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Judge orders tree-sitters down after more than 2 years

Judge orders tree-sitters down after more than 2 years

hr treesits 091520 p01 (copy)

A Mountain Valley Pipeline opponent climbs up one of the three tree-sits off Yellow Finch Lane in Montgomery County in September. For more than two years, tree-sitters have stood guard over some of the last remaining trees to be cut for the pipeline. On Thursday, a judge ordered them to come down by Monday.

CHRISTIANSBURG — After spending two years, two months and seven days in the trees — where they have maintained an aerial blockade of the Mountain Valley Pipeline — protesters were told Thursday that they have four more days.

A temporary injunction issued by Montgomery County Circuit Judge Robert Turk ordered the three unidentified tree-sitters and 10 of their supporters to be gone by Monday.

While Mountain Valley has a legal right to a 125-foot-wide easement on which the natural gas pipeline will be built off Yellow Finch Lane, it has been unable to cut trees out of fear that it will harm the protesters in and around them.

If the defendants do not leave the property that has been occupied since Sept. 5, 2018, by Monday, “the Sheriff’s Office shall thereupon take such measures as are necessary to remove them,” the order entered by Turk reads.

Left unsaid in the order and during a two-hour hearing that preceded it was how the protesters might be extracted from tree stands about 50 feet off the ground on a steep, wooded slope near Elliston.

In the past, more short-lived standoffs have been ended by state police, who used a hydraulic crane topped with a railed platform to reach and remove opponents chained to excavators and other high perches along the pipeline right of way.

But the difficult terrain — not to mention the feisty determination of a group of mostly anonymous activists — could make the job at Yellow Finch more challenging.

There was no legal battle Thursday; the defendants did not show up for their court hearing and did not have lawyers to represent them. They have not been reluctant to tangle with Mountain Valley employees, though, and signs posted at the tree-sits declare “We’re here to stay” and “Doom to the Pipeline.”

Mountain Valley spokeswoman Natalie Cox said the company expects the opponents to follow Turk’s order. If not, she wrote in an email, “we will work with law enforcement to identify appropriate steps for ensuring the unlawful activity does not continue.”

The 303-mile pipeline being built through West Virginia and Southwest Virginia has drawn fierce opposition from those who say it is scarring the landscape, polluting streams and contributing to climate change by advancing a fossil fuel over renewable energy.

For the most part, Mountain Valley does not know the names of the protesters who take turns living on wooden platforms that went up two years ago in a white pine and a chestnut oak. A third tree-sit was erected in March.

Court papers identified them as tree-sitters 1, 2 and 3. Occupants of an encampment below the trees, who provided food, water and other support to their elevated friends, were referred to as John Does 1-10.

Three protesters whose identity is known — Phillip Flagg, Emma Howell and Evin Tyler Ugur — made an agreement with Mountain Valley in which they consented to an injunction barring them from the property. In return, the company dropped them from the case and will not seek damages.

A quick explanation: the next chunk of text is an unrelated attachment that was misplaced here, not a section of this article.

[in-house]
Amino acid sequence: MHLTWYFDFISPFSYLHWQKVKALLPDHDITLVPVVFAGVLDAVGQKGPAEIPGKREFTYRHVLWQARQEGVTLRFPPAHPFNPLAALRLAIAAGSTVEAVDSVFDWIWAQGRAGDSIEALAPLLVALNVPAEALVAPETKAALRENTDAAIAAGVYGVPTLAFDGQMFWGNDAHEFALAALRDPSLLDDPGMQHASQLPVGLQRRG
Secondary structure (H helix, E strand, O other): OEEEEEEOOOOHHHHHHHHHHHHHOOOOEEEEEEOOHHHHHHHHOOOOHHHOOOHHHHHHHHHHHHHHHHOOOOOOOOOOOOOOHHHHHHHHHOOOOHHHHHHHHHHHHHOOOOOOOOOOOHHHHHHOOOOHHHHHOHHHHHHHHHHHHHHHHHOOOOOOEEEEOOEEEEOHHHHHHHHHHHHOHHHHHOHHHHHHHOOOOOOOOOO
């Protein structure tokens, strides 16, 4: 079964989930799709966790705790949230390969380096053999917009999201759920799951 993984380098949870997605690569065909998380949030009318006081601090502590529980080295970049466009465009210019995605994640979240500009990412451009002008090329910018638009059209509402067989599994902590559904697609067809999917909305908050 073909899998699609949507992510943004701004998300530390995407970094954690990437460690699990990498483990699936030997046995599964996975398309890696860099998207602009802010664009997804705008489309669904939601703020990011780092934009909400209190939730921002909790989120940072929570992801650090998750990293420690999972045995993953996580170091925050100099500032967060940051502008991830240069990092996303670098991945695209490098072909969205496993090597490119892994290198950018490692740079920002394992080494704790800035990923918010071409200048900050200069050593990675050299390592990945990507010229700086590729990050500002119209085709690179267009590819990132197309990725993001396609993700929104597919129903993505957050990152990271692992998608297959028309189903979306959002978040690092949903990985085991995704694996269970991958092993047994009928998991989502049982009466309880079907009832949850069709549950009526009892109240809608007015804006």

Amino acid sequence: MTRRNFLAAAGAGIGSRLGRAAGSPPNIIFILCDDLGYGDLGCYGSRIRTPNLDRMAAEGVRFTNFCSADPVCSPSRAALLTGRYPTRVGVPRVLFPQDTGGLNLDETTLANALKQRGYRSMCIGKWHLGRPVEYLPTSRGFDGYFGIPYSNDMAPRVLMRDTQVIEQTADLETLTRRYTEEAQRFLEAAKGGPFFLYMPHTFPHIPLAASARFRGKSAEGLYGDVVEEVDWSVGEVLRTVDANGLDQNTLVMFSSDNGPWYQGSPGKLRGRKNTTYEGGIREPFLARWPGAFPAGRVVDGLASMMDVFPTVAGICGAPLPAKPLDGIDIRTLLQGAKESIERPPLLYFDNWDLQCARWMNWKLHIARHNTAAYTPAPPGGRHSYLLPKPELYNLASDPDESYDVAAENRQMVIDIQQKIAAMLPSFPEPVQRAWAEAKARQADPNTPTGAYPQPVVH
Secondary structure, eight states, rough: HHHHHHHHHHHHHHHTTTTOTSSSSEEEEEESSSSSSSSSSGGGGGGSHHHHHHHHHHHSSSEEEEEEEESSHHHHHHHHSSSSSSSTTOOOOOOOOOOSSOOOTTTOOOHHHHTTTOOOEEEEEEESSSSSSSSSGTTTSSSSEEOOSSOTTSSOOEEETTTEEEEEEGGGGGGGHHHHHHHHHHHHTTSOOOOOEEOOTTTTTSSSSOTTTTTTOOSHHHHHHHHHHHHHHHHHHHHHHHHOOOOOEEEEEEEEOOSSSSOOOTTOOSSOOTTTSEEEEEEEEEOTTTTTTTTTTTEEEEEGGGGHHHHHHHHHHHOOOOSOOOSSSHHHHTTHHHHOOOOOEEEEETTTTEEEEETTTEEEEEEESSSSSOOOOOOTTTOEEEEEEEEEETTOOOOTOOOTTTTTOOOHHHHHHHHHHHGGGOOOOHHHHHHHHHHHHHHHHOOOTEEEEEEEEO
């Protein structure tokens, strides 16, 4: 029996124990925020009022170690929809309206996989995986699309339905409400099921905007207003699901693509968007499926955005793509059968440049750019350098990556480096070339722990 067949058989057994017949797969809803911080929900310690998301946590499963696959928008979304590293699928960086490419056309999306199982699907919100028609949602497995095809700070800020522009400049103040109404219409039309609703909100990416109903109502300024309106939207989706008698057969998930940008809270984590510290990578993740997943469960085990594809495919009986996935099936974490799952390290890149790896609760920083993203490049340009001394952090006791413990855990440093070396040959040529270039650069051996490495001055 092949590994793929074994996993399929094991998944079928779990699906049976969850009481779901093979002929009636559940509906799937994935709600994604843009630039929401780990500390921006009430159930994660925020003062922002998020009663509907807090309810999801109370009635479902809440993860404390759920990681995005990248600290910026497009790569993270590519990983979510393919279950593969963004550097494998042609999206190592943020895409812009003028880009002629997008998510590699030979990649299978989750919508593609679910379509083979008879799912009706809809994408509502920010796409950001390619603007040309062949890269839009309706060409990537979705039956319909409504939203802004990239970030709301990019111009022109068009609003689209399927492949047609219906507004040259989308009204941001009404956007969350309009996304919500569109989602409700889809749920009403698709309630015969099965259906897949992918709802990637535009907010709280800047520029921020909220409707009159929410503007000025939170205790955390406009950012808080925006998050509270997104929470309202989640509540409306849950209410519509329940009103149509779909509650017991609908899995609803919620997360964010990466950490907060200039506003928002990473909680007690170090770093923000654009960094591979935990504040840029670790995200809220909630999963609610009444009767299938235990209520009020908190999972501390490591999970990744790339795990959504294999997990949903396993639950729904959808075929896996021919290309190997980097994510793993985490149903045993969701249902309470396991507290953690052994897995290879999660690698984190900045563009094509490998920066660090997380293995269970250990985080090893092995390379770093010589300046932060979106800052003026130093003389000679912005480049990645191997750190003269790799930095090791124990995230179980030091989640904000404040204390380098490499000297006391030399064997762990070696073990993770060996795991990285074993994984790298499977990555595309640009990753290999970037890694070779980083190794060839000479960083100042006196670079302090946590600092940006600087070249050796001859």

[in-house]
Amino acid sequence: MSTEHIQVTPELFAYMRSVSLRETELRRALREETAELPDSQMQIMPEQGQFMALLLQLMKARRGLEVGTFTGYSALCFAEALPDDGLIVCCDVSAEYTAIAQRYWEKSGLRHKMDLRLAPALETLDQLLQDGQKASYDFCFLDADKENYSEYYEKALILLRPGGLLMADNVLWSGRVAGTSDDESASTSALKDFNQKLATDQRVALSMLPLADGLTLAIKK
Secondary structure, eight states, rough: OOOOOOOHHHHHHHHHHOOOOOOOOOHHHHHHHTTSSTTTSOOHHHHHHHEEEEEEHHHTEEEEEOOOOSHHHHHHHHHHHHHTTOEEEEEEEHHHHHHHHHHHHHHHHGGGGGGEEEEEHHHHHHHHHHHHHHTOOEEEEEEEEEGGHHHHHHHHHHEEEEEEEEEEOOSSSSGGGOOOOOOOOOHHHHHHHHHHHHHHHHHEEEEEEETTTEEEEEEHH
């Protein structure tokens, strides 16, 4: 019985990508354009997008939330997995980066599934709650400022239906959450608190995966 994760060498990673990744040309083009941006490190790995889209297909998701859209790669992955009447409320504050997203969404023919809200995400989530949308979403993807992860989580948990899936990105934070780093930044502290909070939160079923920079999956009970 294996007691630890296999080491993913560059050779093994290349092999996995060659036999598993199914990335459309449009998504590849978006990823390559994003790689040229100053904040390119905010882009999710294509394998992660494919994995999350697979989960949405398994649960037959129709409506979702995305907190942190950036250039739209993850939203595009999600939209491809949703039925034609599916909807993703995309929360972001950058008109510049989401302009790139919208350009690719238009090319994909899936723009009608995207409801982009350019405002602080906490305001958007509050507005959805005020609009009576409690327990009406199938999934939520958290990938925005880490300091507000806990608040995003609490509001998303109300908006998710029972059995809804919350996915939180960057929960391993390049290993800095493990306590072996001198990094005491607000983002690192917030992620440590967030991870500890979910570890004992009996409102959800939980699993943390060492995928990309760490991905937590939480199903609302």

Jeffrey Klinefelter, director of construction and engineering for Mountain Valley, testified Thursday that the delays caused by the tree-sits have cost the company about $160,000 to date. A security firm it hired has run up a separate bill of $53,000.

Several witnesses with Global Security described the actions of the protesters on the ground, which Mountain Valley attorney Wade Massie said showed they were “in league together” with the tree-sitters.

Videos shown in court included one of a confrontation between security officers and protesters, who struggled for a rope leading up to one of the tree stands. “You’re literally supporting the genocide of the world,” one of the protesters said.

On another occasion, an employee of a consulting firm who was monitoring bird activity in the area was called a “f——— fascist” and mocked as a “coward” for not responding to the taunts.

“We always got harassed by someone,” Global Security employee Larry Wooddell testified. “They started yelling at us as soon as we got there.”

According to the injunction order, the owner of property adjacent to the tree-sits did not give protesters permission to be there.

Turk directed sheriff’s deputies to read a notice of his order aloud to people at the scene, and to attach copies of it to nearby trees. The injunction applies not just to the tree-sitters and their support team, but “all other persons in active concert and participation with them.”

Alan Graf, who has served as a legal observer of tree-sits in Oregon and is now president of the Southwest Virginia chapter of the National Lawyers Guild, said he was concerned that the language is too broad.

Independent legal observers, journalists and concerned residents should be allowed to witness an attempted extraction of the tree-sitters, he said, but could be barred from the site.

“The order gives unfettered discretion to law enforcement to pick and choose who they want to be there,” Graf said.

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Laurence Hammack covers environmental issues, including the Mountain Valley Pipeline, and business and enterprise stories. He has been a reporter for The Roanoke Times for more than three decades.

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